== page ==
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The far-reaching family tragedies resulting from the rape of Tamar by Amnon!
Here in Chapter 13 we see David begin to reap the result of his sin with Bathsheba. Amnon, the half-brother of Absalom, was a wicked man and, as natural heir to the throne, was probably insufferably high-handed. He became desperately infatuated with his beautiful half-sister, Tamar, who was full sister to Absalom. Amnon made himself ill because, we read, she is a virgin, and because of this, it (13:24) "seemed hard to Amnon to do anything to her." We are not told that Amnon 'loves' Tamar and wants to marry her. I believe this really means that Amnon wants to have sex with Tamar, but she is a virgin, and committed to staying so until marriage. No wonder he could not get anywhere with her and no wonder he is frustrated. His frustration has developed to the point that it is making him ill. The symptoms of this "illness" are not stated, but possible symptoms could be an upset stomach, a lack of appetite, and lack of sleep.
Jonadab could not help noting that day after day Amnon is depressed and so he asked Amnon what was wrong. Jonadab was a shrewd man, and Amnon's dilemma posed no great problem to him. First of all, he declares, is Amnon not the "son of the king" (v 44)? There seems to be an inference that, as the "son of the king," Amnon has the right and the authority to please himself, so why should he be depressed? This is suggestive of the words of wicked Jezebel to her husband Ahab (1 Kings 21:4-74):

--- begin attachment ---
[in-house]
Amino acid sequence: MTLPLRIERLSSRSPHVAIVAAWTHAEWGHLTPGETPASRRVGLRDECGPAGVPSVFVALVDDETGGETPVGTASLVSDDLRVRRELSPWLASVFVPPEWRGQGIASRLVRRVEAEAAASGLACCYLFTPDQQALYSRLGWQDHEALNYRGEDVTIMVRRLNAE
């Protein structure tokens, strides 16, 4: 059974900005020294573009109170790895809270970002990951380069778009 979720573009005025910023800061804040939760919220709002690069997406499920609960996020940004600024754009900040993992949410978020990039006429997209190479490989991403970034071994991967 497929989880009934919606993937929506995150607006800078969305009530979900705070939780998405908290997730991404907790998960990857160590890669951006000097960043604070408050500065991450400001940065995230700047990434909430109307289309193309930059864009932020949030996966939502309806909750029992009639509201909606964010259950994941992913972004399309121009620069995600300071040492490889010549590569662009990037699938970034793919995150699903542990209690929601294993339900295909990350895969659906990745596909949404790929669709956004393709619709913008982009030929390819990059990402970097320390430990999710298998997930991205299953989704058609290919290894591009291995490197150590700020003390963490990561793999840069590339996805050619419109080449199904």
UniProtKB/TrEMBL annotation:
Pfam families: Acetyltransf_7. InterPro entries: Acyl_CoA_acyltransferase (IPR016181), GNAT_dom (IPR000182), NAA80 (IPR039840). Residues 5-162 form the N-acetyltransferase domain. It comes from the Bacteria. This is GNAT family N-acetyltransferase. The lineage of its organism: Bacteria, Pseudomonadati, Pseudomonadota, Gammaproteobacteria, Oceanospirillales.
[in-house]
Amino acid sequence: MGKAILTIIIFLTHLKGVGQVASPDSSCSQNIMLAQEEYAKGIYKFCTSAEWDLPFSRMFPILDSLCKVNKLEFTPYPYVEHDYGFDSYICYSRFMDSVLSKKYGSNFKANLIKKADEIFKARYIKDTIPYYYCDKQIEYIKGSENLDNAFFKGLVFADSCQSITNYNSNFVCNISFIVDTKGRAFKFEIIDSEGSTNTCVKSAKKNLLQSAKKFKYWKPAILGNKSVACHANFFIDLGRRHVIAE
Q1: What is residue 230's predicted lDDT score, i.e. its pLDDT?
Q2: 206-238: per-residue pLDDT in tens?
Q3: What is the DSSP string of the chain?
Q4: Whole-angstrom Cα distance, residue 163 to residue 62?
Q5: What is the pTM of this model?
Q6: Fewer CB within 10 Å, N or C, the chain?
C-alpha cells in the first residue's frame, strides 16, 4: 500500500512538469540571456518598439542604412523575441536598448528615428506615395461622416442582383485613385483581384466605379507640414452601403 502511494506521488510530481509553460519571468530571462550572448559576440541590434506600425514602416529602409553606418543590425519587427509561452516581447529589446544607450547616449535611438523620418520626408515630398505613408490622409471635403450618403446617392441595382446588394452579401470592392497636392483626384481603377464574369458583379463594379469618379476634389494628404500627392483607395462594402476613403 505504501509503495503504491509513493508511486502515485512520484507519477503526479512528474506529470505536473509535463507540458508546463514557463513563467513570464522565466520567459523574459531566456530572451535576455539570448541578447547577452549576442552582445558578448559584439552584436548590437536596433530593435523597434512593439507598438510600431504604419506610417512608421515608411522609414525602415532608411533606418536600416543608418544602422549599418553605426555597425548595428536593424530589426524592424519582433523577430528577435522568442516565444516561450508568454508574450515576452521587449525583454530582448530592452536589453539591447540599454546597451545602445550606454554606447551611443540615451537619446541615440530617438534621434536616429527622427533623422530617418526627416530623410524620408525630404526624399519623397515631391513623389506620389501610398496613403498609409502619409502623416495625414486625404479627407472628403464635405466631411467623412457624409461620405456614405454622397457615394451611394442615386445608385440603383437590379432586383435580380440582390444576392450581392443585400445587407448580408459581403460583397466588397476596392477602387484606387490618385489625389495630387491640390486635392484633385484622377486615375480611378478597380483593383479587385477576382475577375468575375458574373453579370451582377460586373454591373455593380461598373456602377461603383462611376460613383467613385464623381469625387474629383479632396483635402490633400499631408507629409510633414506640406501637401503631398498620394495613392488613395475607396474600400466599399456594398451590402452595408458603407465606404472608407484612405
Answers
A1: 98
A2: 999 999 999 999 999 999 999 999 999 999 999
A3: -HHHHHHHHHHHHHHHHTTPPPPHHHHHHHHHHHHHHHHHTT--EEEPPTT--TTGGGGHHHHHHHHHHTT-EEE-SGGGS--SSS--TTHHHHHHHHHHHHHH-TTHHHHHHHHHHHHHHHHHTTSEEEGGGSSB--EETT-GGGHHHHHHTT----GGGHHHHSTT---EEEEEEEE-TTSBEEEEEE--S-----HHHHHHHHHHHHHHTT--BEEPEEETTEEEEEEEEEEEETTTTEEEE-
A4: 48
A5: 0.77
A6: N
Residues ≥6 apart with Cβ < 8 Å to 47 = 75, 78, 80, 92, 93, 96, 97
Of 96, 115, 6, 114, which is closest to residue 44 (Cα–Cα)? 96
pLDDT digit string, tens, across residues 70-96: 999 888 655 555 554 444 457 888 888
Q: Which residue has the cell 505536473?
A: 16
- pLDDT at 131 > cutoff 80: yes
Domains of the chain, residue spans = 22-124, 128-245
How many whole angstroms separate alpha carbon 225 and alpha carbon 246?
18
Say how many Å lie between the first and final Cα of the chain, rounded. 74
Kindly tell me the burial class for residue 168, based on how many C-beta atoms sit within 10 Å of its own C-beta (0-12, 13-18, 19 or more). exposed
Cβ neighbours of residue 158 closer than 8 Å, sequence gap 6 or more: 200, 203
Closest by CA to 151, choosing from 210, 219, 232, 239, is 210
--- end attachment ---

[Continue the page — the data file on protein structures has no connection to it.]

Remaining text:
4 So Ahab came into his house sullen and vexed because of the word which Naboth the Jezreelite had spoken to him; for he said, "I will not give you the inheritance of my fathers." And he lay down on his bed and turned away his face and ate no food. 5 But Jezebel his wife came to him and said to him, "How is it that your spirit is so sullen that you are not eating food?" 6 So he said to her, "Because I spoke to Naboth the Jezreelite and said to him, 'Give me your vineyard for money; or else, if it pleases you, I will give you a vineyard in its place.' But he said, 'I will not give you my vineyard."' 7 Jezebel his wife said to him, "Do you now reign over Israel? Arise, eat bread, and let your heart be joyful; I will give you the vineyard of Naboth the Jezreelite"